AAMC Chairman John Pollaers explains the rationale behind the AAMC video and social media campaign aimed at correcting misunderstandings about advanced manufacturing, and encouraging students to enter it.
The Australian Advanced Manufacturing Council (AAMC) has taken action to redress harmful misconceptions about advanced manufacturing by partnering with the Australian Industry Group to produce a video that forms the centerpiece of a social media campaign.
AAMC Chairman John Pollaers explains the campaign was undertaken to correct a void between perception and reality, which is hampering the industry.
“When a sector suffers from an image problem, it has knock-on effects in terms of attracting new investment – and new talent in particular,” Mr Pollaers says.
“I want Australians to know that we DO have a thriving advanced manufacturing sector – one that is participating in global supply chains and/or opening up new opportunities for Australian ingenuity in the world.”
Australia has an estimated 2500 advanced manufacturers who are not only surviving, but prospering. These companies are leveraging the latest thinking in design, technology and materials, and producing for global markets.
“So while the headlines continue to proclaim the death of Australian competitiveness, companies are making their way in the world; they are finding new opportunities and becoming the best at what they do,” says Mr Pollaers, who defines an ‘advanced manufacturer’, simply, as one that is globally competitive.
“An Australian manufacturing company, in order to compete in the world, must be advanced – because the conditions are tough; they are unforgiving,” Mr Pollaers says.
The AAMC also wants to get the message out that the accelerating pace of change globally is transforming industries and business models. To succeed, Australia needs to ramp up its own adoption and adaption of new skills and new ideas.
“It’s not an option,” Mr Pollaers says. “A prosperous Australia depends on supplying high value solutions to the world; a successful Australian manufacturing sector is critical to this future.
The manufacturing sector suffers when governments, and the public, are not aware of these challenges from global competition, and misunderstand what it takes to be truly viable in a global sense.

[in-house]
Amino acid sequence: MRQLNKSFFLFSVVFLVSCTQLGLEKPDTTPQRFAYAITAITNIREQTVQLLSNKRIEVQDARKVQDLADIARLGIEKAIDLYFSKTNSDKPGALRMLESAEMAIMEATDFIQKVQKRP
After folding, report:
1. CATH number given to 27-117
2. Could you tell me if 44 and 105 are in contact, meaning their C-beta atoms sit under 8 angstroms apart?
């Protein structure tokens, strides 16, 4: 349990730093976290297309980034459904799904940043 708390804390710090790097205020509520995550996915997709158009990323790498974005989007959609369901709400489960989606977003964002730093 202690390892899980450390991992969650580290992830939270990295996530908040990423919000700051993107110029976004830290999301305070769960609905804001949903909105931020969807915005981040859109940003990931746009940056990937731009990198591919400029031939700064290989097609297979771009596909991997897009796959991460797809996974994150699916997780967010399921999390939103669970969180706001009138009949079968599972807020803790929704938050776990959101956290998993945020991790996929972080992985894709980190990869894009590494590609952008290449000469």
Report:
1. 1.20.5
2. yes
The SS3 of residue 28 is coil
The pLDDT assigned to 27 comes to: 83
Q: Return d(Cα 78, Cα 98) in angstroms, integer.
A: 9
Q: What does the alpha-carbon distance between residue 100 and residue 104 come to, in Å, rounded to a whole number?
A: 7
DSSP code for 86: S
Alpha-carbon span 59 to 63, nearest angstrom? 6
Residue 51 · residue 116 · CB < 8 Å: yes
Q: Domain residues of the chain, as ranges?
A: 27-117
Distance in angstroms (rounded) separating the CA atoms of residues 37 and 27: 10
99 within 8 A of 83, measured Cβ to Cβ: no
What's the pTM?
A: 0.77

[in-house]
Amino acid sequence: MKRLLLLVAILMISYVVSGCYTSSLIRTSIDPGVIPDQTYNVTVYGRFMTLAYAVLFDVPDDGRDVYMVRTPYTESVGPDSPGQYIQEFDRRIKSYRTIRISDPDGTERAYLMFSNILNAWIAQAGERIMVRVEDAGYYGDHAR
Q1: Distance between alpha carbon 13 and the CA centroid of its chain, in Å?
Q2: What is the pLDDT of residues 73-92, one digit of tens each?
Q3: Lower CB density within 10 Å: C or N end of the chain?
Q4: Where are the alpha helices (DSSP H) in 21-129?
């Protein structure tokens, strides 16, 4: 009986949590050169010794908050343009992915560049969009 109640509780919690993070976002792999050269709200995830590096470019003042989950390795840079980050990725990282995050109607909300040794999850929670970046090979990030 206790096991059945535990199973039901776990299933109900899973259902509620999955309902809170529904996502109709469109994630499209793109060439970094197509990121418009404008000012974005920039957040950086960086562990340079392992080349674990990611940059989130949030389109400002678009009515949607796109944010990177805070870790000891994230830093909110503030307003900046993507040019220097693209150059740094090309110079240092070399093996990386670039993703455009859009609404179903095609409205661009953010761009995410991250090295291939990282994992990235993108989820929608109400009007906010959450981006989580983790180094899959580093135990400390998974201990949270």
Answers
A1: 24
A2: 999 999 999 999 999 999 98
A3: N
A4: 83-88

An example of this is the importance of scale, and Mr Pollaers and the AAMC warmly welcomed the recent decision in the Federal Budget to raise the definition of a small business to turnover of $10 million.
This ensures that these major employers enjoy small business support and the lower company tax rate acknowledges the challenges they face in investing heavily in skills development, in process technologies, in new marketing, and helps their growth and viability, Mr Pollaers said.
“These industries might produce the next Apple or the next Qualcomm – or they might create an entirely new industry with new science – like Cochlear, the bionic ear manufacturer, has done.”
While the focus shifts towards higher tech manufacturing – either digitalisation of the manufacturing processes, or technology and science embedded in products – Mr Pollaers says traditional manufacturing is the perfect place to engage and support innovation because you can make iterative changes.
To preserve our standard of living and comparatively high wages, Australia must produce high value products, he says.
“High tech potentially, but definitely high margin – and that means creating something that the world wants and needs, “ he says.
To be competitive, Australia needs to be at the forefront of developing and using cutting-edge technologies, and the establishment of the Prime Minister’s Industry 4.0 Taskforce puts Australia at the head table with other global leaders.
After offshore meetings, the AAMC is looking at ways to support that work locally, potentially through the development of test labs here in Australia.
“The PM’s Taskforce crucially links us into the international collaboration on global standards for the industrial internet,” Mr Pollaers says.